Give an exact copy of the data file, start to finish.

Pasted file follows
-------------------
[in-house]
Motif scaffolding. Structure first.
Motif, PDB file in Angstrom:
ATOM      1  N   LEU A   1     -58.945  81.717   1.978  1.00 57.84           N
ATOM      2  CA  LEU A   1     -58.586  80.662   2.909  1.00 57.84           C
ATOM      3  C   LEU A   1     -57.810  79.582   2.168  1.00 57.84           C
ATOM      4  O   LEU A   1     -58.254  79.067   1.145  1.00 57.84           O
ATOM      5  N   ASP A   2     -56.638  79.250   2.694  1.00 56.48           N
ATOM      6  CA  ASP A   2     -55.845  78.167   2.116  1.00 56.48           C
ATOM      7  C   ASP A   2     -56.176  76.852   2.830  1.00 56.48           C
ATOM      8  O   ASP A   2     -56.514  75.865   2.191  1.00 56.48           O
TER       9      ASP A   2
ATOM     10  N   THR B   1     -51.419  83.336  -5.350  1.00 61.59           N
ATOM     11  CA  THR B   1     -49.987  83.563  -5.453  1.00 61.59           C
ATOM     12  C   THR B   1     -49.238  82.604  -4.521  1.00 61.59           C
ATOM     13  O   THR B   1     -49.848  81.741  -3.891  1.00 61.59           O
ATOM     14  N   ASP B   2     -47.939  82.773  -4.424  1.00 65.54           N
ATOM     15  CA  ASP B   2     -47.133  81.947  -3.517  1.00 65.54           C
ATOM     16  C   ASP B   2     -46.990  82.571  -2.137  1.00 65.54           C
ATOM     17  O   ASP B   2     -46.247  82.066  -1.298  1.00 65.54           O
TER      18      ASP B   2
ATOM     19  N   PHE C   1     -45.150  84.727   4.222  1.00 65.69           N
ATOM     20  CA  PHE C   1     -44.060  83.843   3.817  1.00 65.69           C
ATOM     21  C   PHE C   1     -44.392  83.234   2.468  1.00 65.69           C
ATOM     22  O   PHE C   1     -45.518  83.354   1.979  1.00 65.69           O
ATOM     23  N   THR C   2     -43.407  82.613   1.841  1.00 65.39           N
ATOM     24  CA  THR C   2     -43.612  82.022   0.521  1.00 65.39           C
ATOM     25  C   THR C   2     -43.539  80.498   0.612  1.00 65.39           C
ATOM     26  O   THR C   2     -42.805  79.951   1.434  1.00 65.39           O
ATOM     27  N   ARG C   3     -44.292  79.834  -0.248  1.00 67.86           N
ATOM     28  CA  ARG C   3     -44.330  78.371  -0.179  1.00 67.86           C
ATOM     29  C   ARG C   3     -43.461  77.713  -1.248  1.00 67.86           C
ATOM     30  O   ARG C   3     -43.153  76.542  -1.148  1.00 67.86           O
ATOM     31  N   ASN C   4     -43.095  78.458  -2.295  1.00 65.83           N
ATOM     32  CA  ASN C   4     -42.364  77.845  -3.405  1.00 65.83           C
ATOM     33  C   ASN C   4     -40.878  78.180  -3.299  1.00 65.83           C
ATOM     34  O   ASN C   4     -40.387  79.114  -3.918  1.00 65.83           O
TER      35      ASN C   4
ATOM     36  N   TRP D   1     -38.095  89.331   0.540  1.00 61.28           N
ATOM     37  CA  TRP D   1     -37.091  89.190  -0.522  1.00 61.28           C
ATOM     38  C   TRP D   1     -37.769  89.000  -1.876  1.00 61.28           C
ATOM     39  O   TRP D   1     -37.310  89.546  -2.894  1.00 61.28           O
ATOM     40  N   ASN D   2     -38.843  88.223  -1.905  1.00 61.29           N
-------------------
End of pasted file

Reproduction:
[in-house]
Motif scaffolding. Structure first.
Motif, PDB file in Angstrom:
ATOM      1  N   LEU A   1     -58.945  81.717   1.978  1.00 57.84           N
ATOM      2  CA  LEU A   1     -58.586  80.662   2.909  1.00 57.84           C
ATOM      3  C   LEU A   1     -57.810  79.582   2.168  1.00 57.84           C
ATOM      4  O   LEU A   1     -58.254  79.067   1.145  1.00 57.84           O
ATOM      5  N   ASP A   2     -56.638  79.250   2.694  1.00 56.48           N
ATOM      6  CA  ASP A   2     -55.845  78.167   2.116  1.00 56.48           C
ATOM      7  C   ASP A   2     -56.176  76.852   2.830  1.00 56.48           C
ATOM      8  O   ASP A   2     -56.514  75.865   2.191  1.00 56.48           O
TER       9      ASP A   2
ATOM     10  N   THR B   1     -51.419  83.336  -5.350  1.00 61.59           N
ATOM     11  CA  THR B   1     -49.987  83.563  -5.453  1.00 61.59           C
ATOM     12  C   THR B   1     -49.238  82.604  -4.521  1.00 61.59           C
ATOM     13  O   THR B   1     -49.848  81.741  -3.891  1.00 61.59           O
ATOM     14  N   ASP B   2     -47.939  82.773  -4.424  1.00 65.54           N
ATOM     15  CA  ASP B   2     -47.133  81.947  -3.517  1.00 65.54           C
ATOM     16  C   ASP B   2     -46.990  82.571  -2.137  1.00 65.54           C
ATOM     17  O   ASP B   2     -46.247  82.066  -1.298  1.00 65.54           O
TER      18      ASP B   2
ATOM     19  N   PHE C   1     -45.150  84.727   4.222  1.00 65.69           N
ATOM     20  CA  PHE C   1     -44.060  83.843   3.817  1.00 65.69           C
ATOM     21  C   PHE C   1     -44.392  83.234   2.468  1.00 65.69           C
ATOM     22  O   PHE C   1     -45.518  83.354   1.979  1.00 65.69           O
ATOM     23  N   THR C   2     -43.407  82.613   1.841  1.00 65.39           N
ATOM     24  CA  THR C   2     -43.612  82.022   0.521  1.00 65.39           C
ATOM     25  C   THR C   2     -43.539  80.498   0.612  1.00 65.39           C
ATOM     26  O   THR C   2     -42.805  79.951   1.434  1.00 65.39           O
ATOM     27  N   ARG C   3     -44.292  79.834  -0.248  1.00 67.86           N
ATOM     28  CA  ARG C   3     -44.330  78.371  -0.179  1.00 67.86           C
ATOM     29  C   ARG C   3     -43.461  77.713  -1.248  1.00 67.86           C
ATOM     30  O   ARG C   3     -43.153  76.542  -1.148  1.00 67.86           O
ATOM     31  N   ASN C   4     -43.095  78.458  -2.295  1.00 65.83           N
ATOM     32  CA  ASN C   4     -42.364  77.845  -3.405  1.00 65.83           C
ATOM     33  C   ASN C   4     -40.878  78.180  -3.299  1.00 65.83           C
ATOM     34  O   ASN C   4     -40.387  79.114  -3.918  1.00 65.83           O
TER      35      ASN C   4
ATOM     36  N   TRP D   1     -38.095  89.331   0.540  1.00 61.28           N
ATOM     37  CA  TRP D   1     -37.091  89.190  -0.522  1.00 61.28           C
ATOM     38  C   TRP D   1     -37.769  89.000  -1.876  1.00 61.28           C
ATOM     39  O   TRP D   1     -37.310  89.546  -2.894  1.00 61.28           O
ATOM     40  N   ASN D   2     -38.843  88.223  -1.905  1.00 61.29           N